Manchin: In Light of Report, Trump Should Withdraw Marino Nomination

President Donald Trump answers questions with Senate Majority Leader Mitch McConnell, R-Ky., in the Rose Garden at the White House, Monday, Oct. 16, 2017, in Washington. (AP Photo/Evan Vucci)

President Donald Trump answers questions with Senate Majority Leader Mitch McConnell, R-Ky., in the Rose Garden at the White House, Monday, Oct. 16, 2017, in Washington. (AP Photo/Evan Vucci)

WASHINGTON (AP) — President Donald Trump on Monday raised the possibility of withdrawing his nomination of Republican Rep. Tom Marino to be the nation’s drug czar following reports that the lawmaker played a key role in passing a bill weakening the federal authority to stop companies from distributing opioids.

Trump told reporters at a Rose Garden news conference that he will look at reports by The Washington Post and CBS News “very closely,” adding: “If I think it’s 1 percent negative to doing what we want to do, I will make a change.”

The Post and CBS’ “60 Minutes” reported Sunday on the 2016 law, which weakened the Drug Enforcement Administration’s authority to stop companies from distributing opioids. Marino, in his fourth term representing northeastern Pennsylvania, played a key role in the law along with a handful of other Republicans.

Trump called Marino “a good man,” but said, somewhat ominously, “We’re going to be looking into Tom.”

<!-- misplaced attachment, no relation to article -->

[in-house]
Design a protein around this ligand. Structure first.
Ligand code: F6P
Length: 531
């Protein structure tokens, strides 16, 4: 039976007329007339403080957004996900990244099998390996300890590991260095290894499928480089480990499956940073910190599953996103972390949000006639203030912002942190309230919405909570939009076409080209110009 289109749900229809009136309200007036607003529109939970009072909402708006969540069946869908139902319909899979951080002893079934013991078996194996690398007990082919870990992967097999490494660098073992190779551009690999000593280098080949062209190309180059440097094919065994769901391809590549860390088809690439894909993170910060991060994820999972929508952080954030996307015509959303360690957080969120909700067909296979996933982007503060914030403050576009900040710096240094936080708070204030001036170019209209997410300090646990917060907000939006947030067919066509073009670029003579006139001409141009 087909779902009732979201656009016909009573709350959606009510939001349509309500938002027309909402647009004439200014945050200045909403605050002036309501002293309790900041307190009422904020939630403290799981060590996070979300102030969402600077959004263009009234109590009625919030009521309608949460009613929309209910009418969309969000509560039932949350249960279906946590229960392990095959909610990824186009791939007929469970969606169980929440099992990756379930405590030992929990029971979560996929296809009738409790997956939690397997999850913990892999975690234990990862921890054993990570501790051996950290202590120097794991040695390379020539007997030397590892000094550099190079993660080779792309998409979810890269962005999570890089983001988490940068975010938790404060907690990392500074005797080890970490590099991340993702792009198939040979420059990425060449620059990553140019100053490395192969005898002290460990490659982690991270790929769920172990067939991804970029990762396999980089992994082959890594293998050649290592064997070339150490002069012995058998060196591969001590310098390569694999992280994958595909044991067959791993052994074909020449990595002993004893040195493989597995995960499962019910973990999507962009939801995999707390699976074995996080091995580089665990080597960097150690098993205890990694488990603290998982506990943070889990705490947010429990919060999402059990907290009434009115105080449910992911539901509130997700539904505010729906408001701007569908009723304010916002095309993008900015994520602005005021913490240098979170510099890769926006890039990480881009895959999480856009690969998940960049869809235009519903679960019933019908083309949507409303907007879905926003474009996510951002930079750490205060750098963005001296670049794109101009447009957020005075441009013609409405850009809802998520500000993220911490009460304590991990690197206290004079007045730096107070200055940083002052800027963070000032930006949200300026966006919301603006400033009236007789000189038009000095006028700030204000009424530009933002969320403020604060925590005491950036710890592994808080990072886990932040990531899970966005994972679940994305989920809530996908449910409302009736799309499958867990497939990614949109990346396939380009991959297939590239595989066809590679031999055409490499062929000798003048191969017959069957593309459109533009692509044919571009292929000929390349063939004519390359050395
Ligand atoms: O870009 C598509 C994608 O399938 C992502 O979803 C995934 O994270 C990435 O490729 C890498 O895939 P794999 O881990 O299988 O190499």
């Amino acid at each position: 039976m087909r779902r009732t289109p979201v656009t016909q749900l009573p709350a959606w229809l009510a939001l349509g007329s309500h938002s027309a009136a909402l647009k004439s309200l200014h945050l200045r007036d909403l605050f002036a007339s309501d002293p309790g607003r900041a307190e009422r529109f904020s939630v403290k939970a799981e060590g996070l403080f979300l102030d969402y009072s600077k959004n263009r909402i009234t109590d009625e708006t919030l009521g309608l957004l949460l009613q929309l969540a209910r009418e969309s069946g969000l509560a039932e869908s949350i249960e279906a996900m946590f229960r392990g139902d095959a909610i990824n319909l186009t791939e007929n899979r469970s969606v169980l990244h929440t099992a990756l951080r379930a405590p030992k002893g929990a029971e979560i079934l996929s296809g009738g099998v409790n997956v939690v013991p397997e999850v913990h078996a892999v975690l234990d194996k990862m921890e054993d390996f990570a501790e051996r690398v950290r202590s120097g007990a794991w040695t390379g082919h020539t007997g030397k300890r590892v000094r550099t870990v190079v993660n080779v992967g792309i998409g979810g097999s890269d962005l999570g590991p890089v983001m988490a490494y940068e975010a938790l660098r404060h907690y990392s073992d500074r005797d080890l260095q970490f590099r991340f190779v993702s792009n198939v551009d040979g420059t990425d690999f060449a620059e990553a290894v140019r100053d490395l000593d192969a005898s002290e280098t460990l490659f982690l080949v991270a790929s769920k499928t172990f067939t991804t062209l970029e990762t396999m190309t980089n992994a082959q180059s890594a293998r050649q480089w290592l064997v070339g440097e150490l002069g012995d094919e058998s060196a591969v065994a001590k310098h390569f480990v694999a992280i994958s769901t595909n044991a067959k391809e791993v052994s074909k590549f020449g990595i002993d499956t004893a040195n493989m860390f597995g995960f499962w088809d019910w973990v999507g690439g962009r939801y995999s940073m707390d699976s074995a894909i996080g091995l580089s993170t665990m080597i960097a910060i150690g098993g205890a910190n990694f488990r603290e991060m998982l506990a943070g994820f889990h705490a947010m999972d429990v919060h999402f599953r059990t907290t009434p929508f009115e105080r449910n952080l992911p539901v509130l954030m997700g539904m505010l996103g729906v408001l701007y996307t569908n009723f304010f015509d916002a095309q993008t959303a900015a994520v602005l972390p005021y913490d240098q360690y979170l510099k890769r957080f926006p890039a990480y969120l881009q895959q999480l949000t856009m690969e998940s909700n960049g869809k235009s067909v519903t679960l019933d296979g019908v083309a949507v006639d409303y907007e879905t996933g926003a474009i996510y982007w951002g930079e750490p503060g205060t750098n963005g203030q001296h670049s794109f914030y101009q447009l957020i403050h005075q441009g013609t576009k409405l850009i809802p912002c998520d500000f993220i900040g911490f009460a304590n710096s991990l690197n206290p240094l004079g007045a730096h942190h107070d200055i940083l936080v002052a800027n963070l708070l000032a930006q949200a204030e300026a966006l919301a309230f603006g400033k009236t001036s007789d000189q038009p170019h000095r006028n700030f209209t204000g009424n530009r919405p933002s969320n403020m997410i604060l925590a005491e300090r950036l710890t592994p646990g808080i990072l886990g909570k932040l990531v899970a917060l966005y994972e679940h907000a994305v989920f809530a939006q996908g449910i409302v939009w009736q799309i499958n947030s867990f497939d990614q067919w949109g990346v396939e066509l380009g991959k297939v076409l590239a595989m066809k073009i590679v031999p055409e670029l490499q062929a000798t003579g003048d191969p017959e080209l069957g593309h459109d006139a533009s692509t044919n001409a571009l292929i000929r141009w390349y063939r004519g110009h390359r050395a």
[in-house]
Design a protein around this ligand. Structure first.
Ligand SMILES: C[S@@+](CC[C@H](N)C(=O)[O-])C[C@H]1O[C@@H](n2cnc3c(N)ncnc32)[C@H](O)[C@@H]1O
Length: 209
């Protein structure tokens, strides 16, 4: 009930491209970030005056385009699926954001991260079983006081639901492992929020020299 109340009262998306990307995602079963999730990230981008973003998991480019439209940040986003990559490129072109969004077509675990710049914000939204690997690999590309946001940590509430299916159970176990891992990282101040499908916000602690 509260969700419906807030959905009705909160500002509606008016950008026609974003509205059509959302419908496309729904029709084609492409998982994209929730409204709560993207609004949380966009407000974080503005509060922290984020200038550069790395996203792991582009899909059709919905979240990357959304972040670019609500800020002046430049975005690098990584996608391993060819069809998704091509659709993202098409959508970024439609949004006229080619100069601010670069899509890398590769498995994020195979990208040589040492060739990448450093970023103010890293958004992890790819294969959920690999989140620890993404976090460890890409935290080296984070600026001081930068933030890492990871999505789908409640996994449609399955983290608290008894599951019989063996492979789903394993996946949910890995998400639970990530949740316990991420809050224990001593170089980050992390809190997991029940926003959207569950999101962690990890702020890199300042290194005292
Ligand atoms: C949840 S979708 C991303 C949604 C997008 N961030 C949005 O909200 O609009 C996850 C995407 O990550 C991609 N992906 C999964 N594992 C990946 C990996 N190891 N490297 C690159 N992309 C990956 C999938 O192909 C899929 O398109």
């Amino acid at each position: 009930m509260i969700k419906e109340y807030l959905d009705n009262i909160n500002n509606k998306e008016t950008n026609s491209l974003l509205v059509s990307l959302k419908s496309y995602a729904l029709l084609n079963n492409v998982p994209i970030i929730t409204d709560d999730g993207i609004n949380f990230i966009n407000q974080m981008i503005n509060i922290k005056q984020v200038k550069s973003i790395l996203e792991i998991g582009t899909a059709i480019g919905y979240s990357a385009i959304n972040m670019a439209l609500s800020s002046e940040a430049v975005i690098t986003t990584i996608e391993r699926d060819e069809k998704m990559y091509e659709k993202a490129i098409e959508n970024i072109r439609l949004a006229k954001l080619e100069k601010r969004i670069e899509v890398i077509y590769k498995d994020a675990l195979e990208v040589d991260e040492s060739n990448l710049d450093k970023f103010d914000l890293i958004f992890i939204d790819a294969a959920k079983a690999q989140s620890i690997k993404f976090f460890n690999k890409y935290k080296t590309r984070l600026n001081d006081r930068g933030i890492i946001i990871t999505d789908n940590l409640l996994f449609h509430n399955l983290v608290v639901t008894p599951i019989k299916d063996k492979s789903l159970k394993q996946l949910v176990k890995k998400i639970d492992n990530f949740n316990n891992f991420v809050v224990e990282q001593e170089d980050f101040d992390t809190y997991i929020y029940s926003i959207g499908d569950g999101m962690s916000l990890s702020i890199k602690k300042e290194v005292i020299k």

Sen. Joe Manchin of West Virginia, meanwhile, called on Trump to withdraw Marino’s nomination. Manchin, whose state has been among the hardest-hit by the opioid epidemic, said Monday he was horrified at the accounts of the 2016 law and Marino’s role in it.

Manchin scolded the Obama administration for failing to “sound the alarm on how harmful that bill would be for our efforts to effectively fight the opioid epidemic” that kills an estimated 142 people a day nationwide.

In a letter to Trump, Manchin called the opioid crisis “the biggest public health crisis since HIV/AIDS,” and said, “we need someone leading the White House Office of National Drug Control Policy who believes we must protect our people, not the pharmaceutical industry.”

The Post reported Sunday that Pennsylvania’s Marino and other members of Congress, along with the nation’s major drug distributors, prevailed upon the DEA and the Justice Department to agree to an industry-friendly law that undermined efforts to restrict the flow of pain pills that have led to tens of thousands of deaths.

The Post called the 2016 law, signed by President Barack Obama, “the crowning achievement of a multifaceted campaign by the drug industry to weaken aggressive DEA enforcement efforts against drug distribution companies that were supplying corrupt doctors and pharmacists who peddled narcotics to the black market.”

The industry worked behind the scenes with lobbyists and key members of Congress, including Marino, pouring more than a million dollars into their election campaigns, the newspaper reported.

A White House commission convened by Trump and led by New Jersey Gov. Chris Christie has called on Trump to declare a national emergency to help deal with the growing opioid crisis. An initial report from the commission in July noted that the approximately 142 deaths each day from drug overdoses mean the death toll is “equal to September 11th every three weeks.”

Trump has said he will officially declare the opioid crisis a “national emergency” but so far has not done so.

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